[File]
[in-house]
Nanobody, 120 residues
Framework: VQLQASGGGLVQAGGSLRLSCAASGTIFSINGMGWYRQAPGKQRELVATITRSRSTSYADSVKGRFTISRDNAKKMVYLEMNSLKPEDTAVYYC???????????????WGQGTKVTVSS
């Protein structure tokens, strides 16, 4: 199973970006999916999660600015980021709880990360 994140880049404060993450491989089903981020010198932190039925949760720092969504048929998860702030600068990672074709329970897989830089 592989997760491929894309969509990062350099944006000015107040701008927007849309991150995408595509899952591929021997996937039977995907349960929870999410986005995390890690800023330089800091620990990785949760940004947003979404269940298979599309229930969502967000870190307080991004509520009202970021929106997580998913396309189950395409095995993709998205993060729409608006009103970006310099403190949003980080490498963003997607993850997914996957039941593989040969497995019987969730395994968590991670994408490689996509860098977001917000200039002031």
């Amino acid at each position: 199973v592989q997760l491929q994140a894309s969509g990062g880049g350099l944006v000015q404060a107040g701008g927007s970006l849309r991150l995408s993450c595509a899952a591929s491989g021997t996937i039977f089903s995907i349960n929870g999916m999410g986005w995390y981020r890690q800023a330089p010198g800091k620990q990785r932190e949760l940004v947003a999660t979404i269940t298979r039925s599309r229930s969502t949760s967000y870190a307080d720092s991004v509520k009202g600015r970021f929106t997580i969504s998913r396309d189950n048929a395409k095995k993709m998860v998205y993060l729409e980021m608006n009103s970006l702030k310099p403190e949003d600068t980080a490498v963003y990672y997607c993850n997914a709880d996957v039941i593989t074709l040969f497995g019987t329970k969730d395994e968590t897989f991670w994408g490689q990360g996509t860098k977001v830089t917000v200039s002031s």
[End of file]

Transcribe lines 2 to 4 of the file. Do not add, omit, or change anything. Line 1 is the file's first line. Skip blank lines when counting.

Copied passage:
Nanobody, 120 residues
Framework: VQLQASGGGLVQAGGSLRLSCAASGTIFSINGMGWYRQAPGKQRELVATITRSRSTSYADSVKGRFTISRDNAKKMVYLEMNSLKPEDTAVYYC???????????????WGQGTKVTVSS
């Protein structure tokens, strides 16, 4: 199973970006999916999660600015980021709880990360 994140880049404060993450491989089903981020010198932190039925949760720092969504048929998860702030600068990672074709329970897989830089 592989997760491929894309969509990062350099944006000015107040701008927007849309991150995408595509899952591929021997996937039977995907349960929870999410986005995390890690800023330089800091620990990785949760940004947003979404269940298979599309229930969502967000870190307080991004509520009202970021929106997580998913396309189950395409095995993709998205993060729409608006009103970006310099403190949003980080490498963003997607993850997914996957039941593989040969497995019987969730395994968590991670994408490689996509860098977001917000200039002031």